North, South, and the Environmental Cris

North, South, and the Environmental Cris

RODNEY R. WHITE
Copyright Date: 1993
Pages: 214
https://www.jstor.org/stable/10.3138/j.ctt2ttspm
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    North, South, and the Environmental Cris
    Book Description:

    Since the 1960s, awareness of the serious consequences of environmental neglect has been growing steadily. The composition of the atmosphere is changing, the ozone shield is being depleted, marine life is threatened by pollution and over-exploitation, and rapid population growth in certain areas has created an alarming imbalance between population and resources. As the wealthy industrialized nations grow richer, they spread their waste around the world. What will be the fate of the poorer nations and what will their relationship be to the wealthier nations if the gap between them continues to grow?

    Rodney White's clearly written, accessible book describes the basic scientific changes taking place in the environment in ways that can be understood by non-scientists. It covers such key topics as global warming, acid rain, management of the oceans, water supply, urbanization, waste management, and use of land for food and energy. The book will be of interest to all who are concerned about environemntal issues, those who set government policy, employees of development agencies, and teachers and students in the many courses that are growing up around this complex subject area.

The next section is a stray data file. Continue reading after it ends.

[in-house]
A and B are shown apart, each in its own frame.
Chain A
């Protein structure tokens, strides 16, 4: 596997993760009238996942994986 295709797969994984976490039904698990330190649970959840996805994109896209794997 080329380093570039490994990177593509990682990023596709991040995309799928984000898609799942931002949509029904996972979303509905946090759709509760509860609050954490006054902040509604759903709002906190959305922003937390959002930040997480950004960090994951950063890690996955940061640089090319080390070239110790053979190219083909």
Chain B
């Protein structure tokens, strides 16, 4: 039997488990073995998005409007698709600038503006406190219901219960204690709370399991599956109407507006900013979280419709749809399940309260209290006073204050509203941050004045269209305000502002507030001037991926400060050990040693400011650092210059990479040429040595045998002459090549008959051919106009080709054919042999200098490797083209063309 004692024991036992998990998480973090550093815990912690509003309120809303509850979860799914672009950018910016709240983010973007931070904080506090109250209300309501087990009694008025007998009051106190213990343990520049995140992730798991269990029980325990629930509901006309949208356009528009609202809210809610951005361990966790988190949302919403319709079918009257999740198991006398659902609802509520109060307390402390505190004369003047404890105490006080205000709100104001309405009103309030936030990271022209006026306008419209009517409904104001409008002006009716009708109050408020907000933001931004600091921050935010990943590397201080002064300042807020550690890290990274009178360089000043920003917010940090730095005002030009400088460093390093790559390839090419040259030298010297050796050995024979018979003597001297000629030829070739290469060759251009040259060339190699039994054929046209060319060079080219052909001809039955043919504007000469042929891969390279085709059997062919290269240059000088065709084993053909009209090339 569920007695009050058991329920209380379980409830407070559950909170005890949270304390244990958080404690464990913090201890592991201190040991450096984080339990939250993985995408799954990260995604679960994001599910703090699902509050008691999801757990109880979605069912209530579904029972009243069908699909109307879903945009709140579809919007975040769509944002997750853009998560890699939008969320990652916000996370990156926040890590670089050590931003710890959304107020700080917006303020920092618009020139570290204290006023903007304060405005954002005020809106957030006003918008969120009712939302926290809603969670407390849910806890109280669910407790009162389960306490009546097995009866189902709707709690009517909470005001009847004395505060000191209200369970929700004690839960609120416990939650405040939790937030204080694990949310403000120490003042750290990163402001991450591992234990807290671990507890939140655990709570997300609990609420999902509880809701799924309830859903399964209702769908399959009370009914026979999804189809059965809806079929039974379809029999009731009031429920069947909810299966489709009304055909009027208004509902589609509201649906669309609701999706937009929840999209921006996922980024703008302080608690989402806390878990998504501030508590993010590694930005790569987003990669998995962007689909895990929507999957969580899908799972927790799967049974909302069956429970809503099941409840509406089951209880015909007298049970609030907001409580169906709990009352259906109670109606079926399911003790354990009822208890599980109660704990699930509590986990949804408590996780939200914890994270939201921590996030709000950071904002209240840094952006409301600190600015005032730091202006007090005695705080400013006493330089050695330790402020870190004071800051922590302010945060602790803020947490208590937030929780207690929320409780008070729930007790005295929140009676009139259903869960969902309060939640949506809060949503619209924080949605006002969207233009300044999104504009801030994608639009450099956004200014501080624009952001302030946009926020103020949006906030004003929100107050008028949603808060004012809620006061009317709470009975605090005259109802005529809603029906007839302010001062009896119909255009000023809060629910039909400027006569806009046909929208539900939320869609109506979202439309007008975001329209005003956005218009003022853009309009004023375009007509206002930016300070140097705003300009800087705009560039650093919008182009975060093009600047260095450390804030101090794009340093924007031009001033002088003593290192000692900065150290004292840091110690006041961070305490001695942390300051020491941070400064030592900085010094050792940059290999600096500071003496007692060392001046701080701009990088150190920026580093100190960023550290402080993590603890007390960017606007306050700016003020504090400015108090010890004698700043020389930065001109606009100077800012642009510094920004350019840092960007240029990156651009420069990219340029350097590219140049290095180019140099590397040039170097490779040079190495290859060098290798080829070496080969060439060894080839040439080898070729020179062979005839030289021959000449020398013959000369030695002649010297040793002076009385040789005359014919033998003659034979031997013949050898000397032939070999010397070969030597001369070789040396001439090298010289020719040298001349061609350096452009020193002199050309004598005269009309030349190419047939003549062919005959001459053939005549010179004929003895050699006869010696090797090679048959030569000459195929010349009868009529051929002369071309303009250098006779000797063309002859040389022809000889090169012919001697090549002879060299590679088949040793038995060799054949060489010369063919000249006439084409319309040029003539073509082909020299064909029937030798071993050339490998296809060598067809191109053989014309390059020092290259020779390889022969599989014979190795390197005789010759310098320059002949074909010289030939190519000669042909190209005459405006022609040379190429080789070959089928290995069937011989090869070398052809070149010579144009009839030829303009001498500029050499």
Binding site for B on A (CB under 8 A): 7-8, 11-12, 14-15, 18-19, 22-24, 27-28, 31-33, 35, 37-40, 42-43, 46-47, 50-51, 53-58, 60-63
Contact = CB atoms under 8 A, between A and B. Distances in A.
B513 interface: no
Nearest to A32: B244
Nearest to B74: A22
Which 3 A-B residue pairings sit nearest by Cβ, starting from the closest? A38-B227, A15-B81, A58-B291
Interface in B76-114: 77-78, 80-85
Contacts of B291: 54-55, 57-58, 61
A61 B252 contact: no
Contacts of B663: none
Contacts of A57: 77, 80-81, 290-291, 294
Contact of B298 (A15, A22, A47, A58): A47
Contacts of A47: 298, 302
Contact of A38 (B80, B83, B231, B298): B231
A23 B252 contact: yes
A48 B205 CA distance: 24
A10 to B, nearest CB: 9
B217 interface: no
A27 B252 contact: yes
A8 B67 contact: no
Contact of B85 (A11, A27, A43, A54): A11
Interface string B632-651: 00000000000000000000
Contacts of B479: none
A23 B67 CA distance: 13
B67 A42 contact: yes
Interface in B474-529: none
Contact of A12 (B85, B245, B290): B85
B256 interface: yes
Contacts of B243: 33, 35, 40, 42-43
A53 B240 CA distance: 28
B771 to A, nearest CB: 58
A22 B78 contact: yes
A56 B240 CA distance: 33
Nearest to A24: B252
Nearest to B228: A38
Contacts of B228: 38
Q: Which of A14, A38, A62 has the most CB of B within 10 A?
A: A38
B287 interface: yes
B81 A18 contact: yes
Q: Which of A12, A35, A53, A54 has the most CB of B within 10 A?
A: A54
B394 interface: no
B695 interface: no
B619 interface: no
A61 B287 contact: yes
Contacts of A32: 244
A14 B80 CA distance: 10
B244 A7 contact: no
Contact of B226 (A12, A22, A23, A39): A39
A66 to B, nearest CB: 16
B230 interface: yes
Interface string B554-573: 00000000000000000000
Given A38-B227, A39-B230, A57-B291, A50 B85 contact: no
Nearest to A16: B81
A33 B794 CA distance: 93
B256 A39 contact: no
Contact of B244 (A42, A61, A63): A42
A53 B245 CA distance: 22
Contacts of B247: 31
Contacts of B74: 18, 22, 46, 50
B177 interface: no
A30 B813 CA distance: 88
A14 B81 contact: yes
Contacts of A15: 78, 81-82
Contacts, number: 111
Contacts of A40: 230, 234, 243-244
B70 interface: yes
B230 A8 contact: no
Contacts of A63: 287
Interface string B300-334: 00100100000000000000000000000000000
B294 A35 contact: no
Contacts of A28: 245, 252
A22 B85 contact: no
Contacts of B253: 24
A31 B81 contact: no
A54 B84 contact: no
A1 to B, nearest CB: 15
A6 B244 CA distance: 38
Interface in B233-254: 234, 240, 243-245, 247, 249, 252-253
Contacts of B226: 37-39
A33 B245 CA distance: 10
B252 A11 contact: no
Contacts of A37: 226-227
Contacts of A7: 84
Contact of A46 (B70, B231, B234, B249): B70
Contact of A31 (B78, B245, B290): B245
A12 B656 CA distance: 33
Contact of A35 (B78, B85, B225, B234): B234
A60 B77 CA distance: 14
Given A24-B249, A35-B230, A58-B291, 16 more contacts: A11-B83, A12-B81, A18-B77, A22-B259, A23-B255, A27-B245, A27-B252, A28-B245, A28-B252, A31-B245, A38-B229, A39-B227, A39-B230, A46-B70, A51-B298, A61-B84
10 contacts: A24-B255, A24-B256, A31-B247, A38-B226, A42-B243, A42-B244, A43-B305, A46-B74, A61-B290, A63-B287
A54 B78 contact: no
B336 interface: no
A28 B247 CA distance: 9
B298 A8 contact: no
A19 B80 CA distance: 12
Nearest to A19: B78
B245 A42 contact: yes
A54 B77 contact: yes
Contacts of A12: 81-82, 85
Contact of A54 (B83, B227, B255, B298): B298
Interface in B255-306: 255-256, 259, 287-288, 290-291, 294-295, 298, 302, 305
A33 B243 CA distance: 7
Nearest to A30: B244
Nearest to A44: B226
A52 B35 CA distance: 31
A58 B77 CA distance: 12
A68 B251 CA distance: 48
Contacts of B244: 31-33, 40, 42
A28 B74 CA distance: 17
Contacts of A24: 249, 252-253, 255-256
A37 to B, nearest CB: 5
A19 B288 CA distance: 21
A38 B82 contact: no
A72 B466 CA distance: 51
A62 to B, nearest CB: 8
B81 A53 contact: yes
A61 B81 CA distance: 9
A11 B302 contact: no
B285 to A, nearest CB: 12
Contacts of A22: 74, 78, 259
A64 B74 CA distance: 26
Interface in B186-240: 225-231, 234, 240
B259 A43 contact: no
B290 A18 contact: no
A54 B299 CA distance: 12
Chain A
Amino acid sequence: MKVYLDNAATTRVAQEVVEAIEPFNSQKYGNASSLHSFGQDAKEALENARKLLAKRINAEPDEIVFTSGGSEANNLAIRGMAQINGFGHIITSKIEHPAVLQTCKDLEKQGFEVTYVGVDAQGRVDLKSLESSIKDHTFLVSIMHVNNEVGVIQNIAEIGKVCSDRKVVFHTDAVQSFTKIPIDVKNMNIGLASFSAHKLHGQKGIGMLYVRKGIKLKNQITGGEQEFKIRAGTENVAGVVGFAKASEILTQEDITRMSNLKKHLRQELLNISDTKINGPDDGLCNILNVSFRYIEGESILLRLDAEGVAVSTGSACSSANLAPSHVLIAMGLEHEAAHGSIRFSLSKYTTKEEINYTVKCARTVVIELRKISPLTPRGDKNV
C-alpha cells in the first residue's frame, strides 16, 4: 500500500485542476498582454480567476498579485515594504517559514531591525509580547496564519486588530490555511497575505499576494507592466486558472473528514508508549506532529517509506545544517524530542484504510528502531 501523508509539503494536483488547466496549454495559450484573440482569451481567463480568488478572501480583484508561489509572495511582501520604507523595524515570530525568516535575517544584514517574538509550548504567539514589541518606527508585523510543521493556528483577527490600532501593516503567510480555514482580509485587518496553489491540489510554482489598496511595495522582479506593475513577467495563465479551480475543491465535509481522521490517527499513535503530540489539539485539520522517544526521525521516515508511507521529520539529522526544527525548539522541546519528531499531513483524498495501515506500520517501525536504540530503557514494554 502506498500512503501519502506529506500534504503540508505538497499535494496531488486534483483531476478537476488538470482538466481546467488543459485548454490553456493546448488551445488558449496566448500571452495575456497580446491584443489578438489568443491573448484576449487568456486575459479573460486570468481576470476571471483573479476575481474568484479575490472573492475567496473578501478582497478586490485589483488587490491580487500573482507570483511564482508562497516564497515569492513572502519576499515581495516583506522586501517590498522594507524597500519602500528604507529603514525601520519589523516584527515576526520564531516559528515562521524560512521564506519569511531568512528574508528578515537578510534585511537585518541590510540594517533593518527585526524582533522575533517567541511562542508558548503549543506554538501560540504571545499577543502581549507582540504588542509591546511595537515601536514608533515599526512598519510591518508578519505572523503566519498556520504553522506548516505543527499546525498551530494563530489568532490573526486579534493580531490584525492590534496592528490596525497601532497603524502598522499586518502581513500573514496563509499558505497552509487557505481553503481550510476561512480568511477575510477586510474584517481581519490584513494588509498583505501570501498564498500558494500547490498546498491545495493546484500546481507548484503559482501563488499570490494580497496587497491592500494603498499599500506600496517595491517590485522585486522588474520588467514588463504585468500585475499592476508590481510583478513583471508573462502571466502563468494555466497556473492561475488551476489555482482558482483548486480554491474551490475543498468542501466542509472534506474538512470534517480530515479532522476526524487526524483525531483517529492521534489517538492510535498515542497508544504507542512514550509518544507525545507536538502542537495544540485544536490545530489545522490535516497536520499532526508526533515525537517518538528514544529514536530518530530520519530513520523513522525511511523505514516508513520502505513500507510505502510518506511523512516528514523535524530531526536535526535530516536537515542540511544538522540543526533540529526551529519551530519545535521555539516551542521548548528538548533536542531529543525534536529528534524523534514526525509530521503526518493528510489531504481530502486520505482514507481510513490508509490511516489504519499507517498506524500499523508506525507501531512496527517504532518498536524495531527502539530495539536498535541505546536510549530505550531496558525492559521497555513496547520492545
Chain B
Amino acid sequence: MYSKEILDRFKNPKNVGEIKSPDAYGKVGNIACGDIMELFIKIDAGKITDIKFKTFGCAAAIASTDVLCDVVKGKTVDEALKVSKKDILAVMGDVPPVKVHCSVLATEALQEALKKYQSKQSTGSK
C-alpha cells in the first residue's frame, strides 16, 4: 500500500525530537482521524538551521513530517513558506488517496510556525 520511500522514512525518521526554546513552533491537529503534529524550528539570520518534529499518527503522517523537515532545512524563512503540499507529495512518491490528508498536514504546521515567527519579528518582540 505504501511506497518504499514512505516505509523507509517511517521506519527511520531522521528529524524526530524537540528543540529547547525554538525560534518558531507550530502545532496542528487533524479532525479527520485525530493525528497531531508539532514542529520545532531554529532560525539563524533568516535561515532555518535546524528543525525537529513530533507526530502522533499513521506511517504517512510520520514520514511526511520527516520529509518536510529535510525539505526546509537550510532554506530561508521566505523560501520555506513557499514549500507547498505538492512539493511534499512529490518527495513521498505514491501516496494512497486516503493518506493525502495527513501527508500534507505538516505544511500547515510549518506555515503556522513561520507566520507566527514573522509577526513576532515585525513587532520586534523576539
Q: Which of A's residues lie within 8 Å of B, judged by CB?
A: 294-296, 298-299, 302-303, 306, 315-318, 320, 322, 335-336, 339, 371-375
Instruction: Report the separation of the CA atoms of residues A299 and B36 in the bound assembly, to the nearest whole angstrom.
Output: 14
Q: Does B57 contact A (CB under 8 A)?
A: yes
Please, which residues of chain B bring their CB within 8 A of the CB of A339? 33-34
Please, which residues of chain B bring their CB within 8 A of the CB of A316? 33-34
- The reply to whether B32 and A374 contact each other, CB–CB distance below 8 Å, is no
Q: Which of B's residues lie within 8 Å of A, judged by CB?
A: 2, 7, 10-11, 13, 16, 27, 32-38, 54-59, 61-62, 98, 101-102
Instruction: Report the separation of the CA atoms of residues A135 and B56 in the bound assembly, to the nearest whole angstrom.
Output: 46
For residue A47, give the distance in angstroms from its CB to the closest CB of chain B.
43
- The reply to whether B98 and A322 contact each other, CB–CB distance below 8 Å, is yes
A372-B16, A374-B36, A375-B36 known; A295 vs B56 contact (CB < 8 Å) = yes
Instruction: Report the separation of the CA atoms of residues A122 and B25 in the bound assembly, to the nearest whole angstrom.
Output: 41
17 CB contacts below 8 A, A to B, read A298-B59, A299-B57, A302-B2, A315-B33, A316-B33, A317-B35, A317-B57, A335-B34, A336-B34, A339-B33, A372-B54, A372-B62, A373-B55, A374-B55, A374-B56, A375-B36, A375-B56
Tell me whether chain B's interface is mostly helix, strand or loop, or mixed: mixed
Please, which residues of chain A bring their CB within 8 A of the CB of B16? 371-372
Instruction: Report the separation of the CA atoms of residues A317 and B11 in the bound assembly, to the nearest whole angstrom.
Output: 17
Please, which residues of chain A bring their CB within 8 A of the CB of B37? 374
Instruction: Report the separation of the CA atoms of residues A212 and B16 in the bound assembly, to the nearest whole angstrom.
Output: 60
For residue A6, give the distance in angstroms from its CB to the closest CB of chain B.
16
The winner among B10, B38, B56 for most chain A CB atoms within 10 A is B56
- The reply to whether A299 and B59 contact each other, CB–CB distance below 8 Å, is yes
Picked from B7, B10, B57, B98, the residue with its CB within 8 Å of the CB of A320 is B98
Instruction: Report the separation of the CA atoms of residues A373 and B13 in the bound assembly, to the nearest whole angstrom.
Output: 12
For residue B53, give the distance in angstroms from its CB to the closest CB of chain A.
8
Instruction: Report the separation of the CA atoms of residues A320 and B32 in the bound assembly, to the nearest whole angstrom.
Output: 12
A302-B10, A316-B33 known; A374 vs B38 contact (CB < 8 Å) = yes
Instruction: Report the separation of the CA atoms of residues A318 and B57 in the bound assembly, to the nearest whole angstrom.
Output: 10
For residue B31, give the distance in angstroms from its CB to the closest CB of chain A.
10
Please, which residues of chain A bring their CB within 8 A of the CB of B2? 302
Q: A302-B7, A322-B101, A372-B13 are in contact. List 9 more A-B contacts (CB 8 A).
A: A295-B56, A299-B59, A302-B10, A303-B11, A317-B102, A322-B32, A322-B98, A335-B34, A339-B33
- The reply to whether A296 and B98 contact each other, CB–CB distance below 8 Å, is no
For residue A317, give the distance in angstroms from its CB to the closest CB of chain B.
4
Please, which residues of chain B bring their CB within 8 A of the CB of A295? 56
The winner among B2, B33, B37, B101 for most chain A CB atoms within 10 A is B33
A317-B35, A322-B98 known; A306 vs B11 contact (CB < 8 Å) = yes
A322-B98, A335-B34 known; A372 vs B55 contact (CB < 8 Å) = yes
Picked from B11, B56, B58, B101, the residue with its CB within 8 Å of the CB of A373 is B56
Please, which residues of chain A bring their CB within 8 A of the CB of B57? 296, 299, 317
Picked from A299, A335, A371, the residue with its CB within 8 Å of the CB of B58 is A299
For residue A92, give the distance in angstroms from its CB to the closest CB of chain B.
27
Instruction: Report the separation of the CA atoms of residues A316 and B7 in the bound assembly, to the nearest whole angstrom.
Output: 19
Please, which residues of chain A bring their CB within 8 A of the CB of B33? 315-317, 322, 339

eISBN: 978-1-4426-7793-7
    Subjects: Business, Environmental Science

Table of Contents

  1. Front Matter
    (pp. i-iv)
  2. Table of Contents
    (pp. v-viii)
  3. List of Tables and Figures
    (pp. ix-x)
  4. Preface
    (pp. xi-xiv)
    RODNEY WHITE
  5. Acronyms
    (pp. xv-2)
  6. 1 Snapshot of a Changing Earth
    (pp. 3-21)

    In its pursuit of material prosperity the human species has proliferated so quickly that it may well destroy the only home it has. People are not equal in their struggle for access to resources. Some are rich, and live in green and pleasant suburbs or modern cities; others are trapped halfway along the path to material wealth, in polluted villages and towns; while many scratch a meagre living on tiny farms threatened by drought and soil erosion. The gap between rich countries and poor countries is growing, and the global environmental crisis may force them even further apart.

    The distinction...

  7. 2 A Framework for Analysis: Systems, Cycles, and Transitions